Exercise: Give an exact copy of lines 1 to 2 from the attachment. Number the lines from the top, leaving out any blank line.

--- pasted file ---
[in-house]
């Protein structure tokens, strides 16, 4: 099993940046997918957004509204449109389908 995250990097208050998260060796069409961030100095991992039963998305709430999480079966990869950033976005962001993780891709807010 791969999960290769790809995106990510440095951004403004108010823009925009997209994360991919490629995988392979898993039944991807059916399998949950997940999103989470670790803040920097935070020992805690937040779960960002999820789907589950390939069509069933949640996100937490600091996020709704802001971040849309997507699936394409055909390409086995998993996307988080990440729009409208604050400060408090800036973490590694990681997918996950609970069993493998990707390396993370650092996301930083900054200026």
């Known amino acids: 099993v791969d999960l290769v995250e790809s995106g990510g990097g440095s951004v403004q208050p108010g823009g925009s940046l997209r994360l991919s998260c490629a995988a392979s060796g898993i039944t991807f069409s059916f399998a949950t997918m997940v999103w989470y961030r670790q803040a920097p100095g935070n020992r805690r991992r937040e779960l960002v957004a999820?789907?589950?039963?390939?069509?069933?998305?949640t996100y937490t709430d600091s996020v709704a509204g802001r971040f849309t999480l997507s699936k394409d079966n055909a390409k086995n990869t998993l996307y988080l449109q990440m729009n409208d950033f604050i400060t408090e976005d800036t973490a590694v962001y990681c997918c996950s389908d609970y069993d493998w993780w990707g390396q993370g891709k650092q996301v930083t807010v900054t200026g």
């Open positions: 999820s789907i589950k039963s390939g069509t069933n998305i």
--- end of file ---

[in-house]
């Protein structure tokens, strides 16, 4: 099993940046997918957004509204449109389908 995250990097208050998260060796069409961030100095991992039963998305709430999480079966990869950033976005962001993780891709807010 791969999960290769790809995106990510440095951004403004108010823009925009997209994360991919490629995988392979898993039944991807059916399998949950997940999103989470670790803040920097935070020992805690937040779960960002999820789907589950390939069509069933949640996100937490600091996020709704802001971040849309997507699936394409055909390409086995998993996307988080990440729009409208604050400060408090800036973490590694990681997918996950609970069993493998990707390396993370650092996301930083900054200026």